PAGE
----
Tuesday, March 22, 2011

Review: Red Riding Hood

A good portion of the various strengths and weaknesses of Red Riding Hood can be summed up in the following statement: When Gary Oldman's witch/werewolf hunter shows up at the village he has a life-size metal elephant. No really.

Which allows me to awkwardly segue into the plot. Amanda Seyfried has the lead as a girl growing up in Medieval Europe. She has recently been engaged to a rich blacksmith's son, but is still lusting after a poor woodcutter from her childhood (unroll your eyes, it makes it hard for you to read). While all this is going on a werewolf which has tormented their village for years has suddenly upped it's targets from animals to people, and a witch hunter is called in to deal with it. Surprise, surprise he tells them that the werewolf is human most of the time and he considers all of them are suspects, which is bad because it becomes rapidly clear that he is violently unhinged.

This is, to put it gently, one bizarre film. Part of this has to be put on the violently different influences the movie has, wanting to be, in more or less equal parts, Twilight, Let the Right One In, Bram Stoker's Dracula and Sleepy Hollow, and each of those is pulling the movie in different directions. This doesn't need to be a bad thing, after all many good films have been made by adding disparate parts together to try and make a new whole, and a couple of balls out classics have been created this way (I'm loathe to continue to overexpose O' Brother, Where Art Thou so instead I'm going to mention the more applicable example of Brotherhood of the Wolf.) But that takes skill, vision, style and above all, a complete lack of compromise on any aspect of it, or else your movie is going to fall apart at the seams. Guess which Red Riding Hood does. Go on guess.

Yeah, the news is not good. The film is full of jarring shifts of tone, absurd dialogue and more than a few moments of just 'what the fuck?' Along the way there are also too many characters and too many plot twists, leaving the movie feeling bloated and overstuffed. It starts out in a fairly rote Twilight clone, transforms at about the mid point into a mix of Sleepy Hollow and The Crucible before descending into a full out riff on the fairy tale of the title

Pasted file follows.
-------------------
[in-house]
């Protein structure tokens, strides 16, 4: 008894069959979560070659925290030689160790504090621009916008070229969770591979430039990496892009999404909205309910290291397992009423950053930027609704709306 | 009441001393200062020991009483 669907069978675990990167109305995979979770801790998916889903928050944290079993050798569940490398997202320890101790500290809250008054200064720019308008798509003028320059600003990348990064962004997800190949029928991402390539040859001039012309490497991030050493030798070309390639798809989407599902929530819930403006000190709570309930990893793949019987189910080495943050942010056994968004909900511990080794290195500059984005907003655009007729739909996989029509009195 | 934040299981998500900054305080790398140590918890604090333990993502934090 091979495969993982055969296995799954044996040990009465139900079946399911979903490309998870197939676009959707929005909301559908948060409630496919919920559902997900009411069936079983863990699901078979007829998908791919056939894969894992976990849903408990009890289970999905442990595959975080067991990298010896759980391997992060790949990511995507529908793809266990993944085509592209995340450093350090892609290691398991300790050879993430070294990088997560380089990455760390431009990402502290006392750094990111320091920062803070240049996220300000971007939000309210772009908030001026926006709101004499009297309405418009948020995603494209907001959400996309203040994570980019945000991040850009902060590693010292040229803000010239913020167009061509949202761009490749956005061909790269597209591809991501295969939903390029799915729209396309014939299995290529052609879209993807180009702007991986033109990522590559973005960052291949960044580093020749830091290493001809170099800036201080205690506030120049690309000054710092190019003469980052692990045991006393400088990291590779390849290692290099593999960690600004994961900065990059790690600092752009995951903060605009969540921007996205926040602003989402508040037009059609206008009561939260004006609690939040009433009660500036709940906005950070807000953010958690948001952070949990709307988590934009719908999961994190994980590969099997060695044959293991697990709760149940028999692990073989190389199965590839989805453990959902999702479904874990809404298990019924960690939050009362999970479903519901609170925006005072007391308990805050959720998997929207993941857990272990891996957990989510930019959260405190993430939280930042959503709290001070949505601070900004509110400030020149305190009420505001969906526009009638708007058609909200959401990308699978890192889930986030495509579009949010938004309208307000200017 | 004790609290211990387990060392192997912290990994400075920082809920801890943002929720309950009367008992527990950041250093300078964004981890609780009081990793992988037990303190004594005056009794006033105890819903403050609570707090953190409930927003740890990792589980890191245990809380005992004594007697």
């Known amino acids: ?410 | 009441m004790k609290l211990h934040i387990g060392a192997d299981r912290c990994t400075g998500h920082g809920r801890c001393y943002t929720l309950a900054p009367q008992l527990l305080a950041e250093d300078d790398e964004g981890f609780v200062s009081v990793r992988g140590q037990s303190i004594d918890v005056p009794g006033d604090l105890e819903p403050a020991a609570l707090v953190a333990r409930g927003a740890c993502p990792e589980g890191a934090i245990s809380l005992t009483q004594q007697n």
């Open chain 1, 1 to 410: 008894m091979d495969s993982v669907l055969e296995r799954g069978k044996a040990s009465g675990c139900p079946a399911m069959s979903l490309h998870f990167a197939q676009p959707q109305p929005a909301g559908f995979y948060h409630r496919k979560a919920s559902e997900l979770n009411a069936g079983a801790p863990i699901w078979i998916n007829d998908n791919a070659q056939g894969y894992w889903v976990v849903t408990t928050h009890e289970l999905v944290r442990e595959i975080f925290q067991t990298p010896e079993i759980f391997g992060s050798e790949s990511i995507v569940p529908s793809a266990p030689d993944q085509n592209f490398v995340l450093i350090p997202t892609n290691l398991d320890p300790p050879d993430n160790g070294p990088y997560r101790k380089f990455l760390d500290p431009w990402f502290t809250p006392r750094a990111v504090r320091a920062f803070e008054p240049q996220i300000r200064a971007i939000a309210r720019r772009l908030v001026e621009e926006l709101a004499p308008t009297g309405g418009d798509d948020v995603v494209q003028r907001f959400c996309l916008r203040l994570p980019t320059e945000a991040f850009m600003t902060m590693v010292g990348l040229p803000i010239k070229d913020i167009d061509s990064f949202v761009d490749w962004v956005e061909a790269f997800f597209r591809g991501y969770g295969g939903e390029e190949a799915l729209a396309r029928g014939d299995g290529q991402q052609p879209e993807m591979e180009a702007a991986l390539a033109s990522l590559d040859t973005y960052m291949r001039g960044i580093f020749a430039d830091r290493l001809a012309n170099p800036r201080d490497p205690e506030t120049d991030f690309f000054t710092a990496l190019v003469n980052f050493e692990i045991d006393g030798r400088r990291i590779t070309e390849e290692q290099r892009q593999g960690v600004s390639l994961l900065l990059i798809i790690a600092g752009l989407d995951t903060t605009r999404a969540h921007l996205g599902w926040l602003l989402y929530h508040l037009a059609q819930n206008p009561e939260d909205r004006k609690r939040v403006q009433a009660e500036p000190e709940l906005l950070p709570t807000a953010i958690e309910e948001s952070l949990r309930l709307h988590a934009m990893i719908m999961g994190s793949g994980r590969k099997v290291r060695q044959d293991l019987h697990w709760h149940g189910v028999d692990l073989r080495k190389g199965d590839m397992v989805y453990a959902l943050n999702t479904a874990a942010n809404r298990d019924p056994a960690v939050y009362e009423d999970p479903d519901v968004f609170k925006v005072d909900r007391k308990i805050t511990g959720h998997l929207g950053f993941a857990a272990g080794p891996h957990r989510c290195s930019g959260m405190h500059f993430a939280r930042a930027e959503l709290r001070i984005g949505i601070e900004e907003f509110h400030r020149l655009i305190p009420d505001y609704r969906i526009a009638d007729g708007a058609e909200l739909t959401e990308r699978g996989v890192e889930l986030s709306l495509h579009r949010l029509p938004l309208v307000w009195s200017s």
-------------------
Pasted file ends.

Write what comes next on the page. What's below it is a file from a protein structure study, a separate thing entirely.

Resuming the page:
The acting is a mixed bag, with Gary Oldman and Amanda Seyfried working their asses off to make the movie more than it is. The two male leads never seem to get really into it, but there's some good supporting work from Julie Christie and Billie Burke. The cinematography is actually really nice, if a little weirdly edited, which means that often times we're looking at well shot nonsense. Oh and the costumes are good, I guess. The mystery is fairly complex, which is nice and I can genuinely say that I didn't see the solution coming. Of course the story is aware of that and therefore spends most of the 2nd acting bouncing back and forth between hinting at solutions (although for a minute there I think they were hinting at something which could have been AWESOME if they'd gone anywhere with it).

Of course if all the rest of the technical details were good, I'd be giving a moderately positive review. The CGI is hysterically bad, especially since the last werewolf movie I saw won a fucking Oscar for it's werewolf. The screenplay reads like the writer fell asleep halfway through the class on subtextual dialogue and figured out that you should use it, but not how to write or implement it. And I'd be remiss if I didn't mention that it really, really, REALLY wants to be R-Rated, and as a result feels compromised as you can almost feel how sexy or gory it could be if they'd just gone for it.

Look, bottom line, Red Riding Hood is not a great movie. Hell it's not a good movie. But it definitely could have been worse, and while I'm not in the business of assessing something based on it's message, I will say that it's desire to represent sexuality in a positive light and repression as a villain is much better than Twilight's anti-feminist message, even if they kinda wuss out on it by the last act. So, if you must take anything away from this review, let it be this: It is not good. But, on a technical and thematic level, it is better than Twilight. So...if you have to choose between the 2, go with this I guess? Why would that choice come up? Eh whatever. See you next time.

Elessar is a 21 year old Alaskan-born cinephile and he would like to declare that any movie where the line 'Put him in the elephant,' is uttered has officially jumped the shark.

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